NEWS MEDIA UPDATE · NORTH CAROLINA · Freedom of Information · Jan. 11, 2007
Law firm serving as town attorney subject to records law
Jan. 11, 2007 · A private law firm appointed as town attorney must comply with state open records laws, the state appeals court ruled this month in upholding an order that contracts related to town’s condemnation of waterfront properties must be released to a North Carolina newspaper.
In 2004, the Dare County-based Outer Banks Sentinel requested detailed billing records from a private law firm appointed as town attorney by Kitty Hawk’s town council. The newspaper also sought contracts, appraisals and other engineering documents for work performed for the town in connection with the condemnation of several waterfront properties.
The town claimed those documents were not public records because they were held by the contract law firm, Vandeventer Black, not the town. The town also claimed the records were exempt from disclosure because of attorney-client privilege.
A trial judge sided with the newspaper in 2005 and ordered the release of all contracts related to the condemnation, except for one document.
In upholding the lower court’s decision, the three appeals court judges dismissed the town’s argument that because the documents were never in the town’s possession, they were not public records.
The judges also rejected the argument that the firm acted as an independent contractor, not a government official, noting that the firm was appointed as town attorney under North Carolina law, and therefore its lawyers were public officers “subject to the Public Records Act with respect to its dealings with the Town.”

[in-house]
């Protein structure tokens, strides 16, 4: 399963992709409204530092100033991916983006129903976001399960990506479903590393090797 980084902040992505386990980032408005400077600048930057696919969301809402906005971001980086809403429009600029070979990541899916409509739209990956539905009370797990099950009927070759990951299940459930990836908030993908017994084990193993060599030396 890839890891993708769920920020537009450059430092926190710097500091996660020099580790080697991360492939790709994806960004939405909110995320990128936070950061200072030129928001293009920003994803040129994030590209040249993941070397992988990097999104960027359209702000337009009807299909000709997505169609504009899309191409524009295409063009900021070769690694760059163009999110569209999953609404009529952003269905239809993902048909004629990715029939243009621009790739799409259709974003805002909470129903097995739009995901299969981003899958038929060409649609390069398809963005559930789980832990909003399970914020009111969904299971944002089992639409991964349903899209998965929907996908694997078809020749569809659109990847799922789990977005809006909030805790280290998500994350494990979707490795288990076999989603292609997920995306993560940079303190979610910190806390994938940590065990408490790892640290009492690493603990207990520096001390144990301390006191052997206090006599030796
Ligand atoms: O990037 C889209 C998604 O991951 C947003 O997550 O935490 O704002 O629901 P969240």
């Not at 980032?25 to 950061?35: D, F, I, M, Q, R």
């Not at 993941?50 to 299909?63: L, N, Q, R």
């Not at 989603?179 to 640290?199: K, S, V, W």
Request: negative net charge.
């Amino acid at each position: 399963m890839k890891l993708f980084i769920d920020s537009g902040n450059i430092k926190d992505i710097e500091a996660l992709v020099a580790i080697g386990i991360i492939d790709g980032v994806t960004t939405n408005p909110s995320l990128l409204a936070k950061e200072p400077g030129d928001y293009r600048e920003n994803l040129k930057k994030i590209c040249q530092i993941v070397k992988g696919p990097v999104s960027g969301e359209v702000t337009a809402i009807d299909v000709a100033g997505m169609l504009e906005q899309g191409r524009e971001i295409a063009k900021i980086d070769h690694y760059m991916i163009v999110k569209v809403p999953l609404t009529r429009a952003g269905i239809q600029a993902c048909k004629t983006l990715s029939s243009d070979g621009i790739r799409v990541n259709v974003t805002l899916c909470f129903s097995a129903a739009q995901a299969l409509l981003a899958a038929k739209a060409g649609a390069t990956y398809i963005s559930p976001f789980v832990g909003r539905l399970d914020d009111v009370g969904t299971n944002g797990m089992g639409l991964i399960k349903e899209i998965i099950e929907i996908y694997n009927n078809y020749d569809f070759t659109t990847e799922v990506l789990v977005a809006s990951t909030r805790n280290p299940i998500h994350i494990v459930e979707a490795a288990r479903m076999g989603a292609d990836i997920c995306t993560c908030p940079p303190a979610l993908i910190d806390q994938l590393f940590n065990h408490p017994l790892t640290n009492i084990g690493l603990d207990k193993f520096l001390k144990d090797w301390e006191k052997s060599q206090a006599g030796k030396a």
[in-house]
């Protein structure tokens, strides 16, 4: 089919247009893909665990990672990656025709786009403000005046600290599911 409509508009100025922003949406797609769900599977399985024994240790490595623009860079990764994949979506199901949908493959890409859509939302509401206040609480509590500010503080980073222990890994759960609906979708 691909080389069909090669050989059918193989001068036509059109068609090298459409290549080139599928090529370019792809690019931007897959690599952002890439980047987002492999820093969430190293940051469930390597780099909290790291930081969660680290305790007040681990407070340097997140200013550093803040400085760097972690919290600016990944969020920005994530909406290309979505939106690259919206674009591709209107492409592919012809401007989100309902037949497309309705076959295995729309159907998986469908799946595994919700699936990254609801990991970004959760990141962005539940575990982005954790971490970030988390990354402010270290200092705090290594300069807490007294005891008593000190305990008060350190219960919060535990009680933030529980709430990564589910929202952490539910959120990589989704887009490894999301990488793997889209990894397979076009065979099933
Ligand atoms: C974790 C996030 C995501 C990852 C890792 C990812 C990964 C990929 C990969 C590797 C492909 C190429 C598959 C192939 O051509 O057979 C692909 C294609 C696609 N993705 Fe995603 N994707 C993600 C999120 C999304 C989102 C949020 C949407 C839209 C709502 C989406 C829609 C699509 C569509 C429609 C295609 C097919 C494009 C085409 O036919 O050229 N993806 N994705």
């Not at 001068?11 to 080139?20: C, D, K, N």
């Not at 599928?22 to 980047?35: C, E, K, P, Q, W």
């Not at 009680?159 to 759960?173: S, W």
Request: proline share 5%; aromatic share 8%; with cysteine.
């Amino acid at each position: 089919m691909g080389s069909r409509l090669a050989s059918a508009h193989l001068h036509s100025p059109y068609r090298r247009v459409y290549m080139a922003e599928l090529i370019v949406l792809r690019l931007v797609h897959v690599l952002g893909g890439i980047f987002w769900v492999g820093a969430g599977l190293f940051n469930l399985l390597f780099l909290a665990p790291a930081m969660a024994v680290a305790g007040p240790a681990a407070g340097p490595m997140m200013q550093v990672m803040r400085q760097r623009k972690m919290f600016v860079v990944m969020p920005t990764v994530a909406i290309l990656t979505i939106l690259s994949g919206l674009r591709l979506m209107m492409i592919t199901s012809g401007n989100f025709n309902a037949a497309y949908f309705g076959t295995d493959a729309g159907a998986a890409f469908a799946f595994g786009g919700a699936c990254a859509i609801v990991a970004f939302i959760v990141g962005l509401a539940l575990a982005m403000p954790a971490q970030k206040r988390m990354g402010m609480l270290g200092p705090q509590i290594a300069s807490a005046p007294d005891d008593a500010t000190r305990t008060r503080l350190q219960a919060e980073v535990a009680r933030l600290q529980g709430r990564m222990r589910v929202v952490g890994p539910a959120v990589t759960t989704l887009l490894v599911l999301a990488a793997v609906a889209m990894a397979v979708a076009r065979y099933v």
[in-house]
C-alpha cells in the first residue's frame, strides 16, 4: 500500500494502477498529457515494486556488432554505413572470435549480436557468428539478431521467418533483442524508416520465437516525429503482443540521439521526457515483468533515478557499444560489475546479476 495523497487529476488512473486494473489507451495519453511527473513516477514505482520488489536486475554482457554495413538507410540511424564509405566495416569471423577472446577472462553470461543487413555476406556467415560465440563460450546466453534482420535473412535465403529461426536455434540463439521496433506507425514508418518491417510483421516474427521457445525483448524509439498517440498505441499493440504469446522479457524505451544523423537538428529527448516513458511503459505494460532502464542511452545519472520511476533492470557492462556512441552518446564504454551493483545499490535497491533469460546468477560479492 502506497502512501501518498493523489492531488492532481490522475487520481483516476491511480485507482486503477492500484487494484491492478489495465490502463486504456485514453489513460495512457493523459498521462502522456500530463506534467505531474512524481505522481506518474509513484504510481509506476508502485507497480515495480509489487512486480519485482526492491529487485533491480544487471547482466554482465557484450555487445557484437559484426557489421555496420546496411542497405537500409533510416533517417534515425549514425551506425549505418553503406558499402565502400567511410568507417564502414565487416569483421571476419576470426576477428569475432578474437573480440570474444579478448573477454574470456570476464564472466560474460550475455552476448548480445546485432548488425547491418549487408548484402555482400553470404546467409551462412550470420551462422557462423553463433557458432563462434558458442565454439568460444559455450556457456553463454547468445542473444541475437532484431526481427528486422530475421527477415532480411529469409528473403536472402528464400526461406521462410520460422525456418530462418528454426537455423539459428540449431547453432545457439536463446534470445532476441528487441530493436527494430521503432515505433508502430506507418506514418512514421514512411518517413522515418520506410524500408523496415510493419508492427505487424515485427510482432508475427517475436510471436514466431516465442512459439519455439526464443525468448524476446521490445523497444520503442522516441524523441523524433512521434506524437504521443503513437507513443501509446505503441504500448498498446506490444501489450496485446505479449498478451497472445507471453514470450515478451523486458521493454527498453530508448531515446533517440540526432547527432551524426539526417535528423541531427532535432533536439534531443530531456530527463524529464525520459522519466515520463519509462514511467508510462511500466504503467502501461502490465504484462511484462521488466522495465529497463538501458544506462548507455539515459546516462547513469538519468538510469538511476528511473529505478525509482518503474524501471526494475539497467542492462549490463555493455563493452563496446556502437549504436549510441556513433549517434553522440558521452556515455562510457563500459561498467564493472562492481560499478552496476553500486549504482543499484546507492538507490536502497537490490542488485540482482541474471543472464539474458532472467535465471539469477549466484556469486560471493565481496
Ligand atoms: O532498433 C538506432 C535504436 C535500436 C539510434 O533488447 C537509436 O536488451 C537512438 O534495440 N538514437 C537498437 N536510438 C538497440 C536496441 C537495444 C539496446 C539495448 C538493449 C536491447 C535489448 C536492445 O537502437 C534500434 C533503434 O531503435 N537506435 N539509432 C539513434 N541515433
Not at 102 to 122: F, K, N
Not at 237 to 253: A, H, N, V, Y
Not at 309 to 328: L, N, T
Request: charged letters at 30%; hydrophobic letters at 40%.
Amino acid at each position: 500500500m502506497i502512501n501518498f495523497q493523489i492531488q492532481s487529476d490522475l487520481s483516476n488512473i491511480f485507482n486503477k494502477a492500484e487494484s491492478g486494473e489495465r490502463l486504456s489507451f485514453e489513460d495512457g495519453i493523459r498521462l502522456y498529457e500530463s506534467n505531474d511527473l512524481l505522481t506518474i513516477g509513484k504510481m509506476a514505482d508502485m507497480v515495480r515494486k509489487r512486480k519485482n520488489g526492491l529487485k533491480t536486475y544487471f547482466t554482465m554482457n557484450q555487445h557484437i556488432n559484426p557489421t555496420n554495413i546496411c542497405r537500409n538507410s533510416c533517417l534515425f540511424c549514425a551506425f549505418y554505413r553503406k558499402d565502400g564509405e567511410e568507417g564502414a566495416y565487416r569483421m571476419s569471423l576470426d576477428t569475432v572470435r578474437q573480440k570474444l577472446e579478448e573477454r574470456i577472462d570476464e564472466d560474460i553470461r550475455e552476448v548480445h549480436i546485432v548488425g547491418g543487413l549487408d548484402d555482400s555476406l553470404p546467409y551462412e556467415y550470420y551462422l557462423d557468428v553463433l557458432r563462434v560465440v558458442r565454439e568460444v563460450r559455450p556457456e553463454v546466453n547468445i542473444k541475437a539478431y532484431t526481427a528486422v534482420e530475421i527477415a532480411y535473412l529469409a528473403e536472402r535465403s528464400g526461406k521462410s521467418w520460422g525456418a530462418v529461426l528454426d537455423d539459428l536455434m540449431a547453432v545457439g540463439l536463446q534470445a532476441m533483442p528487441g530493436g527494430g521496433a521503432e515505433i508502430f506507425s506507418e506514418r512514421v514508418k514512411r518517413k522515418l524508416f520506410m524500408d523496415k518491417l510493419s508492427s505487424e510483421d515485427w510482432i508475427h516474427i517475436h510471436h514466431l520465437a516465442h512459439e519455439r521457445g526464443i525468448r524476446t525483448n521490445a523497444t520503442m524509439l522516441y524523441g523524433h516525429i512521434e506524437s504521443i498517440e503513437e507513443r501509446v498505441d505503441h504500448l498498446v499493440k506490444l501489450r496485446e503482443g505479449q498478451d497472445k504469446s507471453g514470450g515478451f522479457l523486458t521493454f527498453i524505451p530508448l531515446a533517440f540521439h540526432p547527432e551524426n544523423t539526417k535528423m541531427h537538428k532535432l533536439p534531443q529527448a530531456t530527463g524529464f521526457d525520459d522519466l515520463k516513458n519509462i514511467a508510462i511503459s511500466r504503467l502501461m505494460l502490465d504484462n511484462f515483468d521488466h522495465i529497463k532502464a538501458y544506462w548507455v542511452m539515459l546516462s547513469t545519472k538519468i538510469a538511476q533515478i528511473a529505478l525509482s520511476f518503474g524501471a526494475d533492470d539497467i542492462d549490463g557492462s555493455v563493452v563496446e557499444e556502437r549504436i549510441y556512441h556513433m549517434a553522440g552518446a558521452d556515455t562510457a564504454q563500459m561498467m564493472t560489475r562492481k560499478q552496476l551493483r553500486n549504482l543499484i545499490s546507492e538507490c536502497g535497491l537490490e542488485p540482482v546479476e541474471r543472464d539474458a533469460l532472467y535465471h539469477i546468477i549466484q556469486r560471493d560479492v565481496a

The town argued the contracts should be considered the private property and work product of the law firm. But the court noted that at the time the lawsuit was filed, the legislature had not created an exception for an attorney’s work product in the public records law and said allowing that argument would allow towns an easy way to evade public records laws.
“If an argument such as this were to prevail there would be nothing to prevent municipalities and other government agencies from skirting the public records disclosure requirements simply by hiring independent contractors to perform governmental tasks and to have them retain all documents in conjunction with the performance of those tasks that municipalities and agencies chose to shield from public scrutiny,” Judge Barbara Jackson wrote for the court.
The legislature has since changed the public records laws to exempt an attorney’s work product from disclosure, but the new law does not apply to the case because the lawsuit predates the 2005 change.
The Court of Appeals also refused to determine whether the detailed attorney billing statements were public records, saying the issue was moot because the statements had already been released.
Mike Tadych, an attorney for the newspaper, said the town was essentially arguing that records that would unquestionably be public had the town employed an in-house attorney could be withheld because the town had appointed a public law firm to assume those duties.
“I think this case takes away that distinction,” he said.
Tadych said the decision “clarifies a pretty important point of contention” and should aid journalists who have had trouble obtaining records from other towns whose city attorneys are in private practice.
“That is an ongoing problem, and it tends to be a larger problem in the more rural areas,” he said.
(Womack Newspapers Inc. v. Town of Kitty Hawk, Media Counsel: Hugh Stevens and Michael Tadych, Everett, Gaskins, Hancock & Stevens LLP, Raleigh, N.C.) — RG